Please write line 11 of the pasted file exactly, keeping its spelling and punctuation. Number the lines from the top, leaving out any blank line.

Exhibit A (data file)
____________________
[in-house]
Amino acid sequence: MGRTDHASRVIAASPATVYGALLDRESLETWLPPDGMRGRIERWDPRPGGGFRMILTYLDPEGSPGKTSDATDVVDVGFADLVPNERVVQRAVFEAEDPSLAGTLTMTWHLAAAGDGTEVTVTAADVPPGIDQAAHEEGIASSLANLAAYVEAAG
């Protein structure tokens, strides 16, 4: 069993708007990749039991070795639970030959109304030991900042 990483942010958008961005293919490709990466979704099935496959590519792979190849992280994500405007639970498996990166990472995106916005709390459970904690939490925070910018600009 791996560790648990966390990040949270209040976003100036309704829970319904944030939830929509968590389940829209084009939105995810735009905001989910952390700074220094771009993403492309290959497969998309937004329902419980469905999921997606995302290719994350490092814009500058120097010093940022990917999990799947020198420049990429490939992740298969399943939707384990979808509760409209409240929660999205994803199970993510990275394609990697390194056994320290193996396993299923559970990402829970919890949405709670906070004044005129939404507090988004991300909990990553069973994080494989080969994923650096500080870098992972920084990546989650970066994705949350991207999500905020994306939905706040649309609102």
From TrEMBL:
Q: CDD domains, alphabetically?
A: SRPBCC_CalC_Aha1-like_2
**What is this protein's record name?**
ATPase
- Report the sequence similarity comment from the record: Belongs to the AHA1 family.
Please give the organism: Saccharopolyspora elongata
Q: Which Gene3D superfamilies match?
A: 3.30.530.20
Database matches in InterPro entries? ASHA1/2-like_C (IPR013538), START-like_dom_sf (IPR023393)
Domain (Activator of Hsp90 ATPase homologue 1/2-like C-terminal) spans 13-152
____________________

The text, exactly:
Q: Which Gene3D superfamilies match?